From Thomas Luny to Derek Gardner, many artists have attempted to capture the drama and danger of the Droits de L’Homme engagement, and paintings of the celebrated action still sell for significant sums today. However the engagement also inspired a number of songs and verses. This contemporary ballad “The Amazon Frigate” appears in the Navy Records Society’s rare 1907 volume Naval Songs and Ballads.
|~The Amazon Frigate~
Come all you British seamen bold, that plow the raging main,
On the thirtieth of December in Falmouth as we lay
Our anchors weighed our sails were set, our ship she seemed to fly;
We steered our course to southward as far as Cape Finistere,
But in bearing up for England an American ship we see,
On the 28th of January a man sung from aloft
But we were at the heels of her, and night coming on,
Both round grape and double-head we poured in so fast
The Frenchmen all for quarters aloud to us did cry;
The ship was called the Droits de l’ Homme; from Brest she lately came,
T’was early the next morning the land it did appear,
So now the Indefatigable is bound for England’s shore
Like all good ballads, the song employs a little poetic licence. Although some of the details of the engagement are quite accurate, the French ship never did strike her colours or call for quarter, de Lacrosse and his crew fought to the bitter end. Also when the Indefatigable finally returned to “England’s shore”, Pellew had no knowledge of what had happened to the Amazon after he clawed his ship out of Audierne Bay. In his first letter to Lord Spencer, First Lord of the Admiralty, following the engagement Pellew expressed his concern in heartfelt terms.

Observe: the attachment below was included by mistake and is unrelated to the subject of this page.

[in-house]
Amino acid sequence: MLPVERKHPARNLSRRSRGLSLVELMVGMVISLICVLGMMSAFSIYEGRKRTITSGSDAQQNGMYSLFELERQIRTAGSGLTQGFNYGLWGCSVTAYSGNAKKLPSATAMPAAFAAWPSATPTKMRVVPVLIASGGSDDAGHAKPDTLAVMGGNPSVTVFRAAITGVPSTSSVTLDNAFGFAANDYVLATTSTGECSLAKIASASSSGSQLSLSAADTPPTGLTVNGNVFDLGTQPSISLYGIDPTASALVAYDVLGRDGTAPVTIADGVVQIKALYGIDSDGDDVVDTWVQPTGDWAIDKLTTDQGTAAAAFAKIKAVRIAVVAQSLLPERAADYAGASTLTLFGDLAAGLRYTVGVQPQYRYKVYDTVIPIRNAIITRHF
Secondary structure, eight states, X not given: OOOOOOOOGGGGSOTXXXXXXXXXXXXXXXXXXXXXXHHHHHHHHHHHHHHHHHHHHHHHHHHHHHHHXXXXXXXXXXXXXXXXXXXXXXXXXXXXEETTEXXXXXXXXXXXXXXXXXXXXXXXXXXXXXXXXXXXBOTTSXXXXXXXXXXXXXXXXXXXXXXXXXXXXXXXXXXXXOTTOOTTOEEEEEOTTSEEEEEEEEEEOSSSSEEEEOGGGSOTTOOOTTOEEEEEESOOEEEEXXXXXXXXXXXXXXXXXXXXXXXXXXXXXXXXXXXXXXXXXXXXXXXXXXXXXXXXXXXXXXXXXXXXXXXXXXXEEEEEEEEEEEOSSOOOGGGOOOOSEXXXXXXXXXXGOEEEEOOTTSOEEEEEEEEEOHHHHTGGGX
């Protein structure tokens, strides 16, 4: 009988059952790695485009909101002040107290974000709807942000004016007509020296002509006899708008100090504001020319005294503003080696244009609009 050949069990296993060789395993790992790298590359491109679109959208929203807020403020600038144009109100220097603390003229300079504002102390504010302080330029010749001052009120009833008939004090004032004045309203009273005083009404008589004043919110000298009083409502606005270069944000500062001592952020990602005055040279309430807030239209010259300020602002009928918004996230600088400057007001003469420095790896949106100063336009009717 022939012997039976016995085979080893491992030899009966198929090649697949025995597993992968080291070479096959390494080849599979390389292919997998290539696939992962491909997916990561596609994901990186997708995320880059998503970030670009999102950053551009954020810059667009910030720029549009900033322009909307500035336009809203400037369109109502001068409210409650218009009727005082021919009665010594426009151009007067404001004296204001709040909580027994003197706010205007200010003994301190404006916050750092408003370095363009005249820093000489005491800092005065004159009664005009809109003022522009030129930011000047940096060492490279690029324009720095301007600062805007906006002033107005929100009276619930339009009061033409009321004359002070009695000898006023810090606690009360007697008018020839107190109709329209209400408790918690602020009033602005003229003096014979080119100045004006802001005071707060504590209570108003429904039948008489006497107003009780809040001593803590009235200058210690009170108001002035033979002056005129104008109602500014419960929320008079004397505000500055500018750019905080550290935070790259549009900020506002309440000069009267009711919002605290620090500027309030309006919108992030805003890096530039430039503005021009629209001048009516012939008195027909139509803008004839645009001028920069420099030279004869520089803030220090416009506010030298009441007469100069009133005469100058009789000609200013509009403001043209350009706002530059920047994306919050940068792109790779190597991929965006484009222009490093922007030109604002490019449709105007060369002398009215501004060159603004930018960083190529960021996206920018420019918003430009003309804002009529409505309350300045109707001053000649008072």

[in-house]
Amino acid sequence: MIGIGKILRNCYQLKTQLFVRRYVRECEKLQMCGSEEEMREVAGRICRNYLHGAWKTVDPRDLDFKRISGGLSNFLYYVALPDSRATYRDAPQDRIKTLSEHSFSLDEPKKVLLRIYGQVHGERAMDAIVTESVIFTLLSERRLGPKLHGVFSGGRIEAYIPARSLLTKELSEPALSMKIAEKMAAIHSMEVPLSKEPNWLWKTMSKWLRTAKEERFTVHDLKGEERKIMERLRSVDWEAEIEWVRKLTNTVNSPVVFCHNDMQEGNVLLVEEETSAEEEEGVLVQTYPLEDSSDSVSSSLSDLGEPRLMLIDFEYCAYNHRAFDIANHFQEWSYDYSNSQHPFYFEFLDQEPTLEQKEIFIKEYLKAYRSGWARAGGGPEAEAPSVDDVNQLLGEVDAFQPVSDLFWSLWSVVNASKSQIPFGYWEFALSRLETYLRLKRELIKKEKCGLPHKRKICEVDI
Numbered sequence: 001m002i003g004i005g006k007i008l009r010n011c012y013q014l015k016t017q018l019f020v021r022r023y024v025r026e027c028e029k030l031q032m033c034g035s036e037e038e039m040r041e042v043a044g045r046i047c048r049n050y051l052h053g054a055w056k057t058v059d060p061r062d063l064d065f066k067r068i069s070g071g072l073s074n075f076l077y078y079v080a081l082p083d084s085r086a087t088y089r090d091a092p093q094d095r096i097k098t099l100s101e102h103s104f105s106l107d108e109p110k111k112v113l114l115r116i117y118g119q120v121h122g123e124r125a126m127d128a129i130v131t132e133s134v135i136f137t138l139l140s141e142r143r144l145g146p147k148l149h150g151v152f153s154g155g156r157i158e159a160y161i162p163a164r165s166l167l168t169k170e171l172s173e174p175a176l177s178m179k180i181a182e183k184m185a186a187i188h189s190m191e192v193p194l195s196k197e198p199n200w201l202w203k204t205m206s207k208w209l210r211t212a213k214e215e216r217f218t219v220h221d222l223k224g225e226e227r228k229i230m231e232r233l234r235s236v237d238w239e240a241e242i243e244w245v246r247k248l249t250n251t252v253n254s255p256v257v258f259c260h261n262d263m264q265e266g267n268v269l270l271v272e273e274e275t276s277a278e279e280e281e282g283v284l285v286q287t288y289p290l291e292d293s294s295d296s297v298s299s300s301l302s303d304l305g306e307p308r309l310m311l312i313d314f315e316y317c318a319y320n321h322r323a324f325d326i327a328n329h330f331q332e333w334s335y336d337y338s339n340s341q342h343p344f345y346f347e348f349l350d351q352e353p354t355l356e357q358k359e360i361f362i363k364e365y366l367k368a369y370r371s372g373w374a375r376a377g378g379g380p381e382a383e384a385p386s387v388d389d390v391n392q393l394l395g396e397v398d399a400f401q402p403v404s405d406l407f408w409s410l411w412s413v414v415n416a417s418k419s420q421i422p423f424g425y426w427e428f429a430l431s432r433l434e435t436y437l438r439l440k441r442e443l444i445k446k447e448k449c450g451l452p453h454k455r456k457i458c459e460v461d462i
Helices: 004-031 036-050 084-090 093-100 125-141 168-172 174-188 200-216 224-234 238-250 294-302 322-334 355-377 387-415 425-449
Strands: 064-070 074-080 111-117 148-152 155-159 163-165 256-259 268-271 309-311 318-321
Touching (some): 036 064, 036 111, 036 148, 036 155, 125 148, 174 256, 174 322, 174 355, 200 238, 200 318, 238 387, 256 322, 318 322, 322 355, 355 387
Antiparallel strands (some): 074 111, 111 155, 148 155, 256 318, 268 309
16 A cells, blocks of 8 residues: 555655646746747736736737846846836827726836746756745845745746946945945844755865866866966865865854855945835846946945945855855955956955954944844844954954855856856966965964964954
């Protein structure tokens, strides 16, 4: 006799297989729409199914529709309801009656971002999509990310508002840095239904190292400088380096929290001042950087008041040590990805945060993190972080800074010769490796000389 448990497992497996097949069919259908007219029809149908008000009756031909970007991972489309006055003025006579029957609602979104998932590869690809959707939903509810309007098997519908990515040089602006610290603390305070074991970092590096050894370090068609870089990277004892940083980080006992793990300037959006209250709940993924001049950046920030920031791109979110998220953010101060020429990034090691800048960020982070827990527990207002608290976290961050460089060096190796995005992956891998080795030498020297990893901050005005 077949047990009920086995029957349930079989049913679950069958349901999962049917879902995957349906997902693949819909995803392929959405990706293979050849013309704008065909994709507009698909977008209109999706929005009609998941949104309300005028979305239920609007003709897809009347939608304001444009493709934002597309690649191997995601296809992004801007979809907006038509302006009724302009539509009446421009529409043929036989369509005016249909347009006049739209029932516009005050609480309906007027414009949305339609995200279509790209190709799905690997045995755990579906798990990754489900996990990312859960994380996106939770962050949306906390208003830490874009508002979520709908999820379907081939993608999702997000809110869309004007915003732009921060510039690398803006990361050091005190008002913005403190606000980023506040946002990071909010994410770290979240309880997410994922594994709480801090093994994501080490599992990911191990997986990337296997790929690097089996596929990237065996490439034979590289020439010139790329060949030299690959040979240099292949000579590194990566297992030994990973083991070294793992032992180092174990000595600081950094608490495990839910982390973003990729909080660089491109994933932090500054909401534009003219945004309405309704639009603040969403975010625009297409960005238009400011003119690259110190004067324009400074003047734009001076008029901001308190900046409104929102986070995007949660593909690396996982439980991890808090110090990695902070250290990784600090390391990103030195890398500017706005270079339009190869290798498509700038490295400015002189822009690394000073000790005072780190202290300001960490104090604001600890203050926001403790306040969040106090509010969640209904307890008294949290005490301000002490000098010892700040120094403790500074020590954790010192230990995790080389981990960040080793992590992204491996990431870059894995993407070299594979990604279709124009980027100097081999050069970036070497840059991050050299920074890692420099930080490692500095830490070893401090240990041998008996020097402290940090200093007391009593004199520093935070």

I am laboring under some difficulty in communicating with your lordship from my want of certain knowledge of my invaluable friend, Captain Reynolds. We have been very long brothers in affection and my grief would never cease should any misfortune on this occasion happen to him.
Historical quibbles aside, this ballad provides a wonderful contemporary insight into how the Droits de L’Hommes engagement was perceived in the popular imagination of the day.